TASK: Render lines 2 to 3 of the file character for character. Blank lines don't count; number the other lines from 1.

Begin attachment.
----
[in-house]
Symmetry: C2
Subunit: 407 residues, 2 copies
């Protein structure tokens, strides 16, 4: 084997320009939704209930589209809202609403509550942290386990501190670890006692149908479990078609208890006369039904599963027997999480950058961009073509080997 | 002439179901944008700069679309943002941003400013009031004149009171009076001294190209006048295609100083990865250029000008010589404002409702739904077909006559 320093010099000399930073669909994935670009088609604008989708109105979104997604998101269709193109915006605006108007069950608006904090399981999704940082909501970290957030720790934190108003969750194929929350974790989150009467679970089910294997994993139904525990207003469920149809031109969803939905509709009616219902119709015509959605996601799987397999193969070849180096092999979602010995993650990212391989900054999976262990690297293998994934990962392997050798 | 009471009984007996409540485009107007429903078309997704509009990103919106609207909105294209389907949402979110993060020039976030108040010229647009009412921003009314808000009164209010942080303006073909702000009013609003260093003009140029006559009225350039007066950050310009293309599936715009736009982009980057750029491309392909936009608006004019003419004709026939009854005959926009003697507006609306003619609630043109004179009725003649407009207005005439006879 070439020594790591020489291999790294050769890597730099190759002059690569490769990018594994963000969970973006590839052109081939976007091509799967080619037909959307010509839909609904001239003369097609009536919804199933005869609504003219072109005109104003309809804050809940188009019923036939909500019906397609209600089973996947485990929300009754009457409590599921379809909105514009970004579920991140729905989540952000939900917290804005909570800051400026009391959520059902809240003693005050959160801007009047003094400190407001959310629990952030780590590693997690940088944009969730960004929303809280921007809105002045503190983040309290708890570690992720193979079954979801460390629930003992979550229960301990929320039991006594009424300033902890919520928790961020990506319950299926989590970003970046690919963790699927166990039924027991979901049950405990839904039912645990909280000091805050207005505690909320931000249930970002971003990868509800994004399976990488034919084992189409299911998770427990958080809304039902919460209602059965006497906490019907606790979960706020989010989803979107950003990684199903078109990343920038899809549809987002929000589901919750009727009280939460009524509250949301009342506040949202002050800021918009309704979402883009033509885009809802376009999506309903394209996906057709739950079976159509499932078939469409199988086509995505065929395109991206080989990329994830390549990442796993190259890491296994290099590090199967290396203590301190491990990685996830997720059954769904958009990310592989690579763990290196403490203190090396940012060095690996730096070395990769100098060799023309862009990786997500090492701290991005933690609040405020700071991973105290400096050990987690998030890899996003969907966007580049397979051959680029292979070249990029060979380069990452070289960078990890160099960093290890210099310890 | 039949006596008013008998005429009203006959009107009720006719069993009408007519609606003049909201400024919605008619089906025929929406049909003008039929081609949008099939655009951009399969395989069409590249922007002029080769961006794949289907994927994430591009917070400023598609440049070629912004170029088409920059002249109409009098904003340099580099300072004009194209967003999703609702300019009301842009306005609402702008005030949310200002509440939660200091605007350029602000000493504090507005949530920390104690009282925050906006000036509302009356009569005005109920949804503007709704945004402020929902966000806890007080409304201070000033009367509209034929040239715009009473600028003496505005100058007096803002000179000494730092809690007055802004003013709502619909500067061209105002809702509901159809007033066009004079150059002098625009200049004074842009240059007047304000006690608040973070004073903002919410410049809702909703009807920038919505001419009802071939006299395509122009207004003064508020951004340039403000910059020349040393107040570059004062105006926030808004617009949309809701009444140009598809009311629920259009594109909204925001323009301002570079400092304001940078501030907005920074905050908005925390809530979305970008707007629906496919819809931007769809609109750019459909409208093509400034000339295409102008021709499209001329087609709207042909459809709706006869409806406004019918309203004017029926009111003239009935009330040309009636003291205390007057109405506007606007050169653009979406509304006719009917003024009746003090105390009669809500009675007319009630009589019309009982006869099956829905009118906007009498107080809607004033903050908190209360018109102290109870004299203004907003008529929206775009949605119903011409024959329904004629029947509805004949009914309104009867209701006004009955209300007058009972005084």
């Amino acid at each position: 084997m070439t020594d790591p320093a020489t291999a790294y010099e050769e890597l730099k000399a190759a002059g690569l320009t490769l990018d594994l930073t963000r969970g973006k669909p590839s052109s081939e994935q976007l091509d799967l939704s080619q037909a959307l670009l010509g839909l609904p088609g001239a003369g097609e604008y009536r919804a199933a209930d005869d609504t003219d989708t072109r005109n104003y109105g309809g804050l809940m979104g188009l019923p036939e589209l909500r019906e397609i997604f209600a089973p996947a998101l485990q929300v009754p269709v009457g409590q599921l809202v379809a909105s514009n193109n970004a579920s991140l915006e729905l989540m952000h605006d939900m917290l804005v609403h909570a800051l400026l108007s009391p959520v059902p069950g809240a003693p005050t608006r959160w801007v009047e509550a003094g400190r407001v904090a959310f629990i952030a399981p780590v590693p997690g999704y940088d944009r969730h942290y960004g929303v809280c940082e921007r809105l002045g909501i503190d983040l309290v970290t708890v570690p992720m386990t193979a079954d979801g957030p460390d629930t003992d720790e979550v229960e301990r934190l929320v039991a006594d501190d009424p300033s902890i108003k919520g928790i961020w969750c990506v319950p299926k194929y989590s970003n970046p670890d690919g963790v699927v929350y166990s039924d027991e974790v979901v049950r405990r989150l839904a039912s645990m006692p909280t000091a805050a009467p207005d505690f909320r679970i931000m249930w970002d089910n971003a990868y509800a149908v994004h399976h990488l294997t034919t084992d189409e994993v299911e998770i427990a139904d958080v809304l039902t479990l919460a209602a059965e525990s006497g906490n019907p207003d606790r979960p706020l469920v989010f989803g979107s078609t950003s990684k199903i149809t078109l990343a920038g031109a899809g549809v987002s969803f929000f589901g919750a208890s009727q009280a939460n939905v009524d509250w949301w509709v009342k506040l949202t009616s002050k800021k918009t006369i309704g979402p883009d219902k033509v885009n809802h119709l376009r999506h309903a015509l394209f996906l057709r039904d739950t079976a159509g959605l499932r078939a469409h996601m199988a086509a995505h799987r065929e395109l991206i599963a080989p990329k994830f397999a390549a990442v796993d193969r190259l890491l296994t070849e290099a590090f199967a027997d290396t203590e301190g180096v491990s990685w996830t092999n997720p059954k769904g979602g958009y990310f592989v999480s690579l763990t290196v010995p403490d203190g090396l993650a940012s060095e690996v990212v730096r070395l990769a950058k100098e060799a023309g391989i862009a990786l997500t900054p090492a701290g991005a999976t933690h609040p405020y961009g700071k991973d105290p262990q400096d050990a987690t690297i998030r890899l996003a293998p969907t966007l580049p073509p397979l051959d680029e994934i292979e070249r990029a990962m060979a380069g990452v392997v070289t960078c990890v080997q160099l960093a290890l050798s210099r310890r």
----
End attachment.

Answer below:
Symmetry: C2
Subunit: 407 residues, 2 copies